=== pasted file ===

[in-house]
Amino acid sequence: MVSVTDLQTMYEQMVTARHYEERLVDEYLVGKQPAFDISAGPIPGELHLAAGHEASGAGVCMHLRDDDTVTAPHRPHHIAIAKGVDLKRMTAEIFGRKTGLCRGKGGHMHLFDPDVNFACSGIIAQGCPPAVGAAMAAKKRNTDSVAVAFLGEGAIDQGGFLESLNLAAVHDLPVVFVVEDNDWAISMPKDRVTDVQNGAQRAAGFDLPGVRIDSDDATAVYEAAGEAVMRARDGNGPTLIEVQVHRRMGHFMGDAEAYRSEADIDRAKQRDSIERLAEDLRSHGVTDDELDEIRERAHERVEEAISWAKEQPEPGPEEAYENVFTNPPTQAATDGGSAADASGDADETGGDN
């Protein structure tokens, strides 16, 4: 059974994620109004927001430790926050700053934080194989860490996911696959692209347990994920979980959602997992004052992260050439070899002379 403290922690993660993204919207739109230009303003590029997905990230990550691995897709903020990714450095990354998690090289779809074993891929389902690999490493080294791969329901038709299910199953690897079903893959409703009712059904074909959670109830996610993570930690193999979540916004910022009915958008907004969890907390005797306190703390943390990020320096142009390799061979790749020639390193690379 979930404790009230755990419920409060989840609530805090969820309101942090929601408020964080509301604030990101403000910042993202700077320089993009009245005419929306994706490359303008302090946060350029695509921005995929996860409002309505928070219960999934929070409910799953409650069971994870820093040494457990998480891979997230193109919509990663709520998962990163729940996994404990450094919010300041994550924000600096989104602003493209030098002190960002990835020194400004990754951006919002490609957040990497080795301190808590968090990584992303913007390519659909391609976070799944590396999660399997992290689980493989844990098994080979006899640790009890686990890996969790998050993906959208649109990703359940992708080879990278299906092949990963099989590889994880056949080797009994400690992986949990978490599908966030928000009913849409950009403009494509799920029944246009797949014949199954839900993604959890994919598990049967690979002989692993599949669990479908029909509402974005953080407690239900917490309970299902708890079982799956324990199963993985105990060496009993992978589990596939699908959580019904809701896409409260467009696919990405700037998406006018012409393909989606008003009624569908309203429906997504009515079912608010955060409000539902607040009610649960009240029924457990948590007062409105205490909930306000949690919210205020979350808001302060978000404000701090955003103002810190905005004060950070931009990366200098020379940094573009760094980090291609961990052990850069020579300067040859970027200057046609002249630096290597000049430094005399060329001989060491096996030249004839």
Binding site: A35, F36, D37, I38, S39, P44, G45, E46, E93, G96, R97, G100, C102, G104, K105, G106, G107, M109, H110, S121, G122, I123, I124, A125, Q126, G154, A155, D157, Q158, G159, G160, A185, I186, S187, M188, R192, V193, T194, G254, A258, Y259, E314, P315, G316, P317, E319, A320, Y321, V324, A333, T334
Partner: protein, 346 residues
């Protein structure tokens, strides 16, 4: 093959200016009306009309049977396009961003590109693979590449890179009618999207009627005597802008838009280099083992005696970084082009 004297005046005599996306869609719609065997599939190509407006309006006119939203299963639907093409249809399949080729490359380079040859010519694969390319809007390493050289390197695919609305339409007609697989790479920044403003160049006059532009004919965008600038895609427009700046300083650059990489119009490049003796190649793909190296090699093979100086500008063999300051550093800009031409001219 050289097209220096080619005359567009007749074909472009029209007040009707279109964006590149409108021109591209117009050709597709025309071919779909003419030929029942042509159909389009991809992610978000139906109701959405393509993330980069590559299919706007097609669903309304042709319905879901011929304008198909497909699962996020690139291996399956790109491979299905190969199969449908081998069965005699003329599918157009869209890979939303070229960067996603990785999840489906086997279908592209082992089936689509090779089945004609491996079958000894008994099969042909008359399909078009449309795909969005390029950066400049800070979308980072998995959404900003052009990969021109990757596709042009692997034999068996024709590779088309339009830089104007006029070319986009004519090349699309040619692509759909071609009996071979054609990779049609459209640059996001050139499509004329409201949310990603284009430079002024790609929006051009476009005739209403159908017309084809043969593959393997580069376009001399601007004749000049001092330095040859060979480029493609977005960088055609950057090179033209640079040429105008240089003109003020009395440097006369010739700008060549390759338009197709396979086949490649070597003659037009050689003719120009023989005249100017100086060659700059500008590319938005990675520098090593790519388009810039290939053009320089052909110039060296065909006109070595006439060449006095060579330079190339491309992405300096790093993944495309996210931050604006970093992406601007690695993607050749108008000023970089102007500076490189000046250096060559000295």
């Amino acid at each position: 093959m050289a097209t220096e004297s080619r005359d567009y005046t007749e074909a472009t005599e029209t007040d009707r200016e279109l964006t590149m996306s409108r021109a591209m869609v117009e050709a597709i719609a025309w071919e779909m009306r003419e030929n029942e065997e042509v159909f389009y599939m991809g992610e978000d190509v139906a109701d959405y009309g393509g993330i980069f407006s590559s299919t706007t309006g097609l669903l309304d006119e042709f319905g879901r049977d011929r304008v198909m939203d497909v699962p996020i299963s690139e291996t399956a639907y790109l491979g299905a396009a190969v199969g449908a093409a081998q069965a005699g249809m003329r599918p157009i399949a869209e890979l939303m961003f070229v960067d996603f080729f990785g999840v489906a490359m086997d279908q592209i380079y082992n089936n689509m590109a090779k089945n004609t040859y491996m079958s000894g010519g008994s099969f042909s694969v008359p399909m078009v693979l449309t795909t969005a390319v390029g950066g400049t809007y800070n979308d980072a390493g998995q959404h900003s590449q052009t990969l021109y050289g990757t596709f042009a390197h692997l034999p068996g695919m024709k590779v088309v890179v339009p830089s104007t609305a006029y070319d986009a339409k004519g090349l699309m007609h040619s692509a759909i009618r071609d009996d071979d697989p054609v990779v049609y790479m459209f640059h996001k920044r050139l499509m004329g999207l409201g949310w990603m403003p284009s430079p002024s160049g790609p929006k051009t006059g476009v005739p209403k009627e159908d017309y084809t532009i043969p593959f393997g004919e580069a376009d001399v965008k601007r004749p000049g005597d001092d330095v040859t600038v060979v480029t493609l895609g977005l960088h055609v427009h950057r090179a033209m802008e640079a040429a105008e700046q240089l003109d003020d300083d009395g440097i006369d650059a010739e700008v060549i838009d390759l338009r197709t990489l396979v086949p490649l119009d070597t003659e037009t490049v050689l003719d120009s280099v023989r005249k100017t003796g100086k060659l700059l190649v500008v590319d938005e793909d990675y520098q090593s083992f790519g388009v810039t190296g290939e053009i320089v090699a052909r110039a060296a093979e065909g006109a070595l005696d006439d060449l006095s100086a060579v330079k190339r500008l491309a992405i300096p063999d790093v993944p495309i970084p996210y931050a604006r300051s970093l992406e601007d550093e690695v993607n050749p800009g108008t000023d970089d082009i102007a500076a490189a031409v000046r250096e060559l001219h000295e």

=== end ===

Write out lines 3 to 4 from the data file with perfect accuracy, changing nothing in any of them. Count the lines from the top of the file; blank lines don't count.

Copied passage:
């Protein structure tokens, strides 16, 4: 059974994620109004927001430790926050700053934080194989860490996911696959692209347990994920979980959602997992004052992260050439070899002379 403290922690993660993204919207739109230009303003590029997905990230990550691995897709903020990714450095990354998690090289779809074993891929389902690999490493080294791969329901038709299910199953690897079903893959409703009712059904074909959670109830996610993570930690193999979540916004910022009915958008907004969890907390005797306190703390943390990020320096142009390799061979790749020639390193690379 979930404790009230755990419920409060989840609530805090969820309101942090929601408020964080509301604030990101403000910042993202700077320089993009009245005419929306994706490359303008302090946060350029695509921005995929996860409002309505928070219960999934929070409910799953409650069971994870820093040494457990998480891979997230193109919509990663709520998962990163729940996994404990450094919010300041994550924000600096989104602003493209030098002190960002990835020194400004990754951006919002490609957040990497080795301190808590968090990584992303913007390519659909391609976070799944590396999660399997992290689980493989844990098994080979006899640790009890686990890996969790998050993906959208649109990703359940992708080879990278299906092949990963099989590889994880056949080797009994400690992986949990978490599908966030928000009913849409950009403009494509799920029944246009797949014949199954839900993604959890994919598990049967690979002989692993599949669990479908029909509402974005953080407690239900917490309970299902708890079982799956324990199963993985105990060496009993992978589990596939699908959580019904809701896409409260467009696919990405700037998406006018012409393909989606008003009624569908309203429906997504009515079912608010955060409000539902607040009610649960009240029924457990948590007062409105205490909930306000949690919210205020979350808001302060978000404000701090955003103002810190905005004060950070931009990366200098020379940094573009760094980090291609961990052990850069020579300067040859970027200057046609002249630096290597000049430094005399060329001989060491096996030249004839």
Binding site: A35, F36, D37, I38, S39, P44, G45, E46, E93, G96, R97, G100, C102, G104, K105, G106, G107, M109, H110, S121, G122, I123, I124, A125, Q126, G154, A155, D157, Q158, G159, G160, A185, I186, S187, M188, R192, V193, T194, G254, A258, Y259, E314, P315, G316, P317, E319, A320, Y321, V324, A333, T334